Blog Post

WordPress 3.0: Step in the right direction. But…

There is no doubt about it, WordPress 3.0 represents significant step forward for WordPress with merging with WPMU adding custom post types and many more minor elements that you will notices as soon as you install it. But I feel that this major releases is rushed.

First important improvement that I was interested in was the fact that WP 3.0 requires less resources than WP 2.9. WP 3.0 Beta 1 uses some 20% less memory than WP 2.9. Speed has not really improved much, and some pages are faster while others are slower, but it’s good to see that after WP 2.7, 2.8 and 2.9 that constantly needed more resources, we finally see an improvement.

For last few years I work exclusively for WordPress, and I don’t plan to change platforms any time soon. All my plugins are either fully WP 3.0 compatible, or will be so before WP 3.0 is released (GD Press Tools 3.2 and GD Custom Posts And Taxonomies Tools 1.6 will be released soon).

Adding new Custom Post Type
Adding new Custom Post Type

Custom Posts

Adding support for custom post types is the most important addition for WordPress. It allows you new level of freedom to create content for the website and not to make complicated queries to determine what posts are for what using custom fields or categories.

In the last few days I have expanded GD Taxonomies Tools to support custom post types (to be released in a day or two), and I am already building new section on this website for centralized documentation using custom types and my plugin. For the most part, it’s implemented OK, but there are some inconsistencies and some overlapping with custom taxonomies that should be ironed out (assigning custom post types to taxonomies and assigning taxonomies to custom posts, incomplete and confusing edit link feature), but overall, this is the most important thing WP got with 3.0.

Network / Multi site

Merging with WPMU is long overdue, and it works really good. I had no problems with it so far, and I hope that people who have to migrate their WPMU website to new WP3 will be able to do it without loosing data. Right now I have noticed problems with bbPress and deep integration in WP3 when network mode is on, and I expect too see new bbPress soon that will fix compatibility issues.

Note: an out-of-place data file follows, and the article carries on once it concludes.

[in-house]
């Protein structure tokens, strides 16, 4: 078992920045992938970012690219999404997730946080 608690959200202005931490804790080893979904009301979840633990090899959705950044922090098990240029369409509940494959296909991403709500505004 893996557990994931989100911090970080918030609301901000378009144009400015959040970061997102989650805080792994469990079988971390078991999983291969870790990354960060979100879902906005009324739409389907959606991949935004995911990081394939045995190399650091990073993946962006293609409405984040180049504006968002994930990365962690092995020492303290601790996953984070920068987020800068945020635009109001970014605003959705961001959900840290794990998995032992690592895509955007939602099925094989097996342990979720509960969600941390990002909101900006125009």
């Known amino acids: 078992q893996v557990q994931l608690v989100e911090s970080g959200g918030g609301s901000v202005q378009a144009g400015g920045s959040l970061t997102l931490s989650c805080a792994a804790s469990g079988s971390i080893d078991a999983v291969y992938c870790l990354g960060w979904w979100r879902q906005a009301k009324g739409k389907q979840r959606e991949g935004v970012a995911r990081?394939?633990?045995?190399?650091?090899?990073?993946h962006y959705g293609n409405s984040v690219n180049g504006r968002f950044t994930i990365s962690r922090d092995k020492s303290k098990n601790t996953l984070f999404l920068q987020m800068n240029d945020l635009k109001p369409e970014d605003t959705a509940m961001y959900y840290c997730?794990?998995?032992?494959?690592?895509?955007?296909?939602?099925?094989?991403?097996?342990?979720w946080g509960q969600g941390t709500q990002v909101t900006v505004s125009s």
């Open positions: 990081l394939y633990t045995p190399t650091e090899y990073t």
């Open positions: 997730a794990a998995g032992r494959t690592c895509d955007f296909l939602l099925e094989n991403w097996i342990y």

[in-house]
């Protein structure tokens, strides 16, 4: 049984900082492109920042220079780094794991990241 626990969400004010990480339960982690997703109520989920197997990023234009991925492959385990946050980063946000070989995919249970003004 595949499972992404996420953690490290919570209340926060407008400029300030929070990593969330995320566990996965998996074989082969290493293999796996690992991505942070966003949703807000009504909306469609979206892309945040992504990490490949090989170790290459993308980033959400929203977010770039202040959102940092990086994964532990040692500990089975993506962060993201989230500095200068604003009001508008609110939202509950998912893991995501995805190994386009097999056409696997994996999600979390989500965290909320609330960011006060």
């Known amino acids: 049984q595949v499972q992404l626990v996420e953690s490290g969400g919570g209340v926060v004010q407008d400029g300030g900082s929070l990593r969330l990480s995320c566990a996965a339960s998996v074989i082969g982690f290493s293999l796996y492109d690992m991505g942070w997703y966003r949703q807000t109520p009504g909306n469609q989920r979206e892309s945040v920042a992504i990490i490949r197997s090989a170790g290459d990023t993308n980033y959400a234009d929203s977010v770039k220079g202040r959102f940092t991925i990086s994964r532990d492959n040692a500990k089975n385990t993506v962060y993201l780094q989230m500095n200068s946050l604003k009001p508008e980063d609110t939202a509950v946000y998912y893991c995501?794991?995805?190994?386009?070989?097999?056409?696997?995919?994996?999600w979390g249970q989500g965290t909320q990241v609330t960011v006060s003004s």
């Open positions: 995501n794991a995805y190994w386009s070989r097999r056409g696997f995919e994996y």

New default Theme

OK, I don’t know about you, but I simply hate new theme. I know that simplicity should be main thing for default theme, but there are many much better simple themes that could be included and improved to new WP3 standards and functionalities. When I have seen this new theme for the first time, old Kubrick started to look real good again.


I am not going through all the features added in WP 3.0, there are plenty of articles all over the Internet praising new version (and don’t get me wrong, WP 3.0 is very good, much better than previous releases), but I found none that actually points out what’s really wrong with WordPress, not only with this version, but wrong for a long time.

Content Management

It’s fine if you have 15 categories and few hundred posts tops. But, what to do if you have 500 or more (deeply nested) categories and several thousands posts? Assigning categories to posts, changing things is so painful with current interface, at times almost impossible to do. We need some integrated management that will show all relevant elements on one screen (minimized if not used, widgets panel is good example of the organization we need), with drag’n’drop support.

But, that’s not only problem. WordPress is getting exponentially slower when number of posts start to grow. Some of the post update functions when used on large number of posts in the same time will likely crash your WP or eat up all available resources. Number of queries executed with any operation working with posts is huge, and works fine only if you work with post at the time.

I work on very large website for a client with now over 12.000 posts, and with 1000 new added each month, and every few days I have to write new code that will work on these posts with direct SQL queries, because using WP functions fails every time when things need to be updated. And website is on very fast VPS server.

Complete content management interface, and that includes post/pages/custom_post_types editors, taxonomies editors MUST be rewritten soon to allow flexibility and speed in management operations.

Interface Elements